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Clematis Room. Lying awake didn't matter much at
first; there was plenty to ruminate about; the view
across the Weald at sunset had revived my memories
of "the good old days when I hunted with the Ring-
well5'. I had escaped from the exasperating boredom
of hospital life, and now for a few weeks I could forget
about the War. . . . But the War insisted on being re-
membered, and by 3 a.m. it had become so peremp-
tory that I could almost believe that some of my
friends out in France must be waiting to go over the
top. One by one, I thought of as many of them as I
could remember. . . .

I'd overheard Lady Asterisk talking about spiritual-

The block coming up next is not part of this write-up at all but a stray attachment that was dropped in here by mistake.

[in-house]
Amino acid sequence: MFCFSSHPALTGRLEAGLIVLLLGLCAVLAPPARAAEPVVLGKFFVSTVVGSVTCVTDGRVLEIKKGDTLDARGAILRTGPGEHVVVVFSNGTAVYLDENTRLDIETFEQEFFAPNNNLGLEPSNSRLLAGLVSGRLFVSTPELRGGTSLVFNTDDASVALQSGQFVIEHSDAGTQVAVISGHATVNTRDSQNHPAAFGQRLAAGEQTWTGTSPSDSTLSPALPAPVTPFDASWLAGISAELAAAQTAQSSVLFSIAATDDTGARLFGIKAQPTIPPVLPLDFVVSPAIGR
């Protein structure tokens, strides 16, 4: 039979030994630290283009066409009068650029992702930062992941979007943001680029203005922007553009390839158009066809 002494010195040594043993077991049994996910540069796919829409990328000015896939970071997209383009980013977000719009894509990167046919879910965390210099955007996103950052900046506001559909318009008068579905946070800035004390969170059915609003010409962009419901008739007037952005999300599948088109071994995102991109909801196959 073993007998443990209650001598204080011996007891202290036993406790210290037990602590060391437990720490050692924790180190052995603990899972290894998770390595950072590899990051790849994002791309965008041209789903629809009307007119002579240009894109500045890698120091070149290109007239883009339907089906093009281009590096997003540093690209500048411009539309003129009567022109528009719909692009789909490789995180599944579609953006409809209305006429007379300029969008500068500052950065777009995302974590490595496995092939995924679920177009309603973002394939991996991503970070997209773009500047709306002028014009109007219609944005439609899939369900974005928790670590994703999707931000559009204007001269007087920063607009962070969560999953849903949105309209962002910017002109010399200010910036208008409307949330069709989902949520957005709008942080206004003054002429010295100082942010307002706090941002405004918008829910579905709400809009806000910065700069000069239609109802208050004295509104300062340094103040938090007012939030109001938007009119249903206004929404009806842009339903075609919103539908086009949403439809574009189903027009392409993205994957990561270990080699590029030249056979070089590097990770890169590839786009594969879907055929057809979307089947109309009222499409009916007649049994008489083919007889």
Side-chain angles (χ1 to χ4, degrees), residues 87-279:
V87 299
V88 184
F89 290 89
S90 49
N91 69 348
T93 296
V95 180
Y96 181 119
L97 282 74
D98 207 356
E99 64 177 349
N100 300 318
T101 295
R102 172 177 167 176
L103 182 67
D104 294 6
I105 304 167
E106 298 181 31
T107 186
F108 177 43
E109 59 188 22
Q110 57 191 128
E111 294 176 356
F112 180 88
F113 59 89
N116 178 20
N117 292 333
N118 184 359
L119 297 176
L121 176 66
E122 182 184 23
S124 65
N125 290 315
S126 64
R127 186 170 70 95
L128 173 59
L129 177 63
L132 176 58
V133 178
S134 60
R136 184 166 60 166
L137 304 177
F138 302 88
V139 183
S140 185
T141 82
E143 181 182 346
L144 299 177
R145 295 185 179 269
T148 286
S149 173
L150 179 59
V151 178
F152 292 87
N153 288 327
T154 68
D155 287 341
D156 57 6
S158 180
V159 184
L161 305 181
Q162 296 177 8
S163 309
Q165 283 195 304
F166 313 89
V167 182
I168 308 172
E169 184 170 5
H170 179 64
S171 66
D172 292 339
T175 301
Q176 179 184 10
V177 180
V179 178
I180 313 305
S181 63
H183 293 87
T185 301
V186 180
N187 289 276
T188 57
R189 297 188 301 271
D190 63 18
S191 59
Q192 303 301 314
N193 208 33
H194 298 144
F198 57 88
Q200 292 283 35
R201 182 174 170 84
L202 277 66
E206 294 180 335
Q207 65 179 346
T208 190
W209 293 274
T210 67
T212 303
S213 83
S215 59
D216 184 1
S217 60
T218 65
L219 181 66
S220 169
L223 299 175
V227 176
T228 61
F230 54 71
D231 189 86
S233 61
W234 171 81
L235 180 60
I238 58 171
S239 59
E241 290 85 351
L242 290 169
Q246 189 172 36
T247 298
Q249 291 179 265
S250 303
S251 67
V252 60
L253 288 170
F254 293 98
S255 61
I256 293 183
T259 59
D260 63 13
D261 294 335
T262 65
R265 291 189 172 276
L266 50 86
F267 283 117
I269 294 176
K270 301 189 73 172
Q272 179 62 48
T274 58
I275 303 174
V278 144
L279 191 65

ism to one of the officers; evidently she was a strong
believer in the "unseen world". Perhaps it was this
which set me wondering whether, by concentrating
my mind on, say, young Ormand (who was still with
the Second Battalion) I might be able to receive some
reciprocal communication. At three o'clock in the
morning a sleepless mind can welcome improbabilities
and renounce its daylight scepticism. Neither voice
nor vision rewarded my expectancy.

But I was rewarded by an intense memory of men
whose courage had shown me the power of the human
spirit—that spirit which could withstand the utmost
assault. Such men had inspired me to be at my best
when things were very bad, and they outweighed all
the failures. Against the background of the War and
its brutal stupidity those men had stood glorified by
the thing which sought to destroy them. . . .

I went to the window and leant out. The gables of
the house began to loom distinct against a clear sky.
An owl hooted from the woods; cocks were crowing
from distant farms; on the mantelpiece a little clock
ticked busily. Oppressed by the comfort of my sur-